Just as I was beginning to despair at the dearth of good TV shows since The Leftovers and Fargo finished, FX flies into town like Santa with their new crack cocaine drama, Snowfall.

John Singleton takes us back to the very streets where his Boyz in Da Hood characters hustled, though at the time Snowfall is set – 1983, Dough Boy, Tre and Dooky were probably still in fifth grade proclaiming “I ain’t from Africa, I’m Crenshaw Mafia… you African booty scratcher.” 


The Californian sun shines down on the palm-lined streets of South Central to show us that these were happier times, when electro filled music halls and when rappers dressed and sounded like homemade Starship Troopers. Happier times before gangsta rap and crack cocaine and before houses needed bars on the windows (which Singleton had removed for these shots).


In amongst these glorious sun-drenched opening shots we see our protagonist, Franklin return fiddy cents worth of confectionery that some kids steal from an ice-cream van; because stealing isn’t the American way… yet.

But it doesn’t take him long to change his mind!

Franklin lives with his gun-toting real estate renting mom, sells weed for his uncle and cavorts with the other half where he went to school in The Valley; rich, poolside porn-making, cocaine-snorting white folk.


The pilot episode’s inciting incident comes when Franklin is introduced to an insane, speedo-wearing Israeli drug dealer who fronts him a kilo of coke which, with the help of his Aunt Louie, Franklin sells to a matriarchal night club owner.

These scintillating club scenes have a Tarantino meets Gotham gloss to them and the show is helped by some excellent music choices, ranging from electro funk daddies Newcleus to the expertly used Nina Simone’s Don’t Let Me be Misunderstood for one pivotal, emotional scene at the back end of the episode.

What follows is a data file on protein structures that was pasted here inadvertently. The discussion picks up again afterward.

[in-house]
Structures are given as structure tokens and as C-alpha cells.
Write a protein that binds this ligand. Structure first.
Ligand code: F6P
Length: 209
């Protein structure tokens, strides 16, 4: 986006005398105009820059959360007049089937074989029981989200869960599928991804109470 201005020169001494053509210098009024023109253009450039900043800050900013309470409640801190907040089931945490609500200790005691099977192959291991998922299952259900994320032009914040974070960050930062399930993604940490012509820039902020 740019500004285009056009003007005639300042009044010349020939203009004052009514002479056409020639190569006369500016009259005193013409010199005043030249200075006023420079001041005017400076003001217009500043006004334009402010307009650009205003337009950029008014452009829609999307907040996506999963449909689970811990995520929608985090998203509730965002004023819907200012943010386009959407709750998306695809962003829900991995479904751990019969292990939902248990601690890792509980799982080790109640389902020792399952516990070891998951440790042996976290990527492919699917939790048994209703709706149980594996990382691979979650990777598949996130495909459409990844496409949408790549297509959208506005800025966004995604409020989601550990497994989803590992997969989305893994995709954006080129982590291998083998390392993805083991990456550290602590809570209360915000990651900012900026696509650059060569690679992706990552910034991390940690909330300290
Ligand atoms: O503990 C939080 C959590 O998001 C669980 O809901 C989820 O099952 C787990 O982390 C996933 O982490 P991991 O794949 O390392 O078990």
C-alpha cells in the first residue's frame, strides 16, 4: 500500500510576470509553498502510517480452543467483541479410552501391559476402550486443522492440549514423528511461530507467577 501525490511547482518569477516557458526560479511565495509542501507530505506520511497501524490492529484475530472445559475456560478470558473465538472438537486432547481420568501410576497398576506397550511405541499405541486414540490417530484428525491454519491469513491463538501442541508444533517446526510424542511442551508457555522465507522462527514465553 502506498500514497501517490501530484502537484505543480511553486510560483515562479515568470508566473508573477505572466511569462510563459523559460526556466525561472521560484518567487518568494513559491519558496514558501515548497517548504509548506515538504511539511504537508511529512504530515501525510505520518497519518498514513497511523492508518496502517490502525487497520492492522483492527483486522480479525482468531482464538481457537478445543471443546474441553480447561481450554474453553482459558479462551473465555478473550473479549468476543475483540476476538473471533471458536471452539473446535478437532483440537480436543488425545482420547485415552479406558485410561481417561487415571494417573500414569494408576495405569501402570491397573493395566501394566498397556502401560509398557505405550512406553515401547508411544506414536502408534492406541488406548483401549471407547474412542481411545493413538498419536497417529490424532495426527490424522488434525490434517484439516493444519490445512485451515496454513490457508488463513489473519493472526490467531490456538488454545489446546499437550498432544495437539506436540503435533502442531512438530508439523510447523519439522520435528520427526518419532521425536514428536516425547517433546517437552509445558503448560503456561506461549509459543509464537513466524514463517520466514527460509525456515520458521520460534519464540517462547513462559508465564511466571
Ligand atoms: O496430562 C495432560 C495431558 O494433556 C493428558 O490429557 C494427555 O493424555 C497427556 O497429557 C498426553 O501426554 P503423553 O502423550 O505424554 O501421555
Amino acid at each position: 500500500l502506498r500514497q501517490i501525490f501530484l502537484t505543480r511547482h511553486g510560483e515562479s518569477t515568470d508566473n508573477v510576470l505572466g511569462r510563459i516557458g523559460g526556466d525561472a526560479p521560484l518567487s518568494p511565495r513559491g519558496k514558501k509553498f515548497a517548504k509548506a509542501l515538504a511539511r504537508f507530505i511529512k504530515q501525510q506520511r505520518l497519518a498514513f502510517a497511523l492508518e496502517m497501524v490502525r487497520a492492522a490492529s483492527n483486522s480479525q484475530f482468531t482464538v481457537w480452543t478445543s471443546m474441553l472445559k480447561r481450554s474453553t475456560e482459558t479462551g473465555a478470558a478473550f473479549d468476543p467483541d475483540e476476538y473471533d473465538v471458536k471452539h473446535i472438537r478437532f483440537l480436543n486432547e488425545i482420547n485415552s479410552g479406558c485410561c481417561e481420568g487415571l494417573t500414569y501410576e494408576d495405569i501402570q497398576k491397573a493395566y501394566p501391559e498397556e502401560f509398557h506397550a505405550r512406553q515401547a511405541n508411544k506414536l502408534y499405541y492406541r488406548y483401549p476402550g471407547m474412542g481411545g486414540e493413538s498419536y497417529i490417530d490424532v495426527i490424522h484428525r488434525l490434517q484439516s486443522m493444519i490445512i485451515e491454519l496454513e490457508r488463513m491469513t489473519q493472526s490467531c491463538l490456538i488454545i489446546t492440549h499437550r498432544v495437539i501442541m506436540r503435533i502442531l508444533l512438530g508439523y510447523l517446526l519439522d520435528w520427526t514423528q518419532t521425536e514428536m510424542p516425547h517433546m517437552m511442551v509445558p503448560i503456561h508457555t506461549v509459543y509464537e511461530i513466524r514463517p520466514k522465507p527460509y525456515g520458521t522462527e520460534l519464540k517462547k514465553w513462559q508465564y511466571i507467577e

Young British actor Damson Idris is so believable and his character, Franklin so vulnerable and likeable that, by the end of the hour, you’re left aching for more episodes.


But Snowfall also tells two other, intertwined stories and herein lies its problem.

The first features a CIA Agent, Teddy McDonald who covers up the overdose of his colleague (Officer Logan Miller who has coke blown up his ass with a straw bringing a new meaning to the words ass crack) before a Freddie Mercury-looking Contra soldier introduces him to fifty wayward kilos of cocaine.


Teddy’s idea is to sell the coke off-the-CIA-books to fund the sale of government arms to anti-communist rebels in Nicaragua. I think.

The third interconnected storyline concerns an aging Mexican Lucha Libre wrestler, Gustavo who sidelines as a burglar and is recruited into what seems to be a Mexican drug cartel by a power-hungry second-in-command named Lucia.

I say “think” and “what seems to be” because these plot threads are so underdeveloped in comparison to Franklin’s brilliantly told tale. As so often is the case with intertwining stories, not enough time is spent explaining who’s who at the top of the story and this can lead to ongoing uncertainty as to their roles.


Of course, as a period drama about the birth of crack cocaine, these three The Wire-like regular, medium and bigger pictures are bound to all come together but just like Startup – Crackle’s 2016 bitcoin crime drama, the lesser stories might leave you scratching your head and itching to get back to Story A; Franklin.

The crack which Reagan’s government pushed into black neighbourhoods while Nancy urged them to Just Say No helped pay for right wing Latin American puppet politicians meaning there’s a huge, far-reaching story to tell here. I just hope Exec Producers Dave Andron (Justified) and John Singleton can cope with those depths and Snowfall isn’t just a light dusting.

Snowfall continues on July 12th on FX.